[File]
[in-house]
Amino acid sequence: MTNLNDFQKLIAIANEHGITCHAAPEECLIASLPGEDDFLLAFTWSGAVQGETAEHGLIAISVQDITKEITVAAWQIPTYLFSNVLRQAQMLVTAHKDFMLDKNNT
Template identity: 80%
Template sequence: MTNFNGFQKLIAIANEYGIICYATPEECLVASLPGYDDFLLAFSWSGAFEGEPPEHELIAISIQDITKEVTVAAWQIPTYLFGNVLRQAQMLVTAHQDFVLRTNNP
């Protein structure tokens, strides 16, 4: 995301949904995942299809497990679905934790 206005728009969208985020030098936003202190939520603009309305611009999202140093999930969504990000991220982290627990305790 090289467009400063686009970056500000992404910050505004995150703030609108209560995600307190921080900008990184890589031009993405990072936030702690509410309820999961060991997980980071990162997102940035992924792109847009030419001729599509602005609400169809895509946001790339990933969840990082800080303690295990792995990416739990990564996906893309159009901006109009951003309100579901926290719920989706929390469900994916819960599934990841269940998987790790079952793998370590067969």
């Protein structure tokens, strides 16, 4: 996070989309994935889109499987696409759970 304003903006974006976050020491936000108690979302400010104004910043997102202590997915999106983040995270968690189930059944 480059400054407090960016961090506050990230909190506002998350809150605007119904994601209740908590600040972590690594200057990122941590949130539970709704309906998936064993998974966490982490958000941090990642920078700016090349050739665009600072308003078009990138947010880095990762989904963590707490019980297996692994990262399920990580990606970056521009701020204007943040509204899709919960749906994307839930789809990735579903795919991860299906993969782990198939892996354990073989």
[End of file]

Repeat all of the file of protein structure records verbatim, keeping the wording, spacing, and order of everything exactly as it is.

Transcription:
[in-house]
Amino acid sequence: MTNLNDFQKLIAIANEHGITCHAAPEECLIASLPGEDDFLLAFTWSGAVQGETAEHGLIAISVQDITKEITVAAWQIPTYLFSNVLRQAQMLVTAHKDFMLDKNNT
Template identity: 80%
Template sequence: MTNFNGFQKLIAIANEYGIICYATPEECLVASLPGYDDFLLAFSWSGAFEGEPPEHELIAISIQDITKEVTVAAWQIPTYLFGNVLRQAQMLVTAHQDFVLRTNNP
């Protein structure tokens, strides 16, 4: 995301949904995942299809497990679905934790 206005728009969208985020030098936003202190939520603009309305611009999202140093999930969504990000991220982290627990305790 090289467009400063686009970056500000992404910050505004995150703030609108209560995600307190921080900008990184890589031009993405990072936030702690509410309820999961060991997980980071990162997102940035992924792109847009030419001729599509602005609400169809895509946001790339990933969840990082800080303690295990792995990416739990990564996906893309159009901006109009951003309100579901926290719920989706929390469900994916819960599934990841269940998987790790079952793998370590067969």
């Protein structure tokens, strides 16, 4: 996070989309994935889109499987696409759970 304003903006974006976050020491936000108690979302400010104004910043997102202590997915999106983040995270968690189930059944 480059400054407090960016961090506050990230909190506002998350809150605007119904994601209740908590600040972590690594200057990122941590949130539970709704309906998936064993998974966490982490958000941090990642920078700016090349050739665009600072308003078009990138947010880095990762989904963590707490019980297996692994990262399920990580990606970056521009701020204007943040509204899709919960749906994307839930789809990735579903795919991860299906993969782990198939892996354990073989």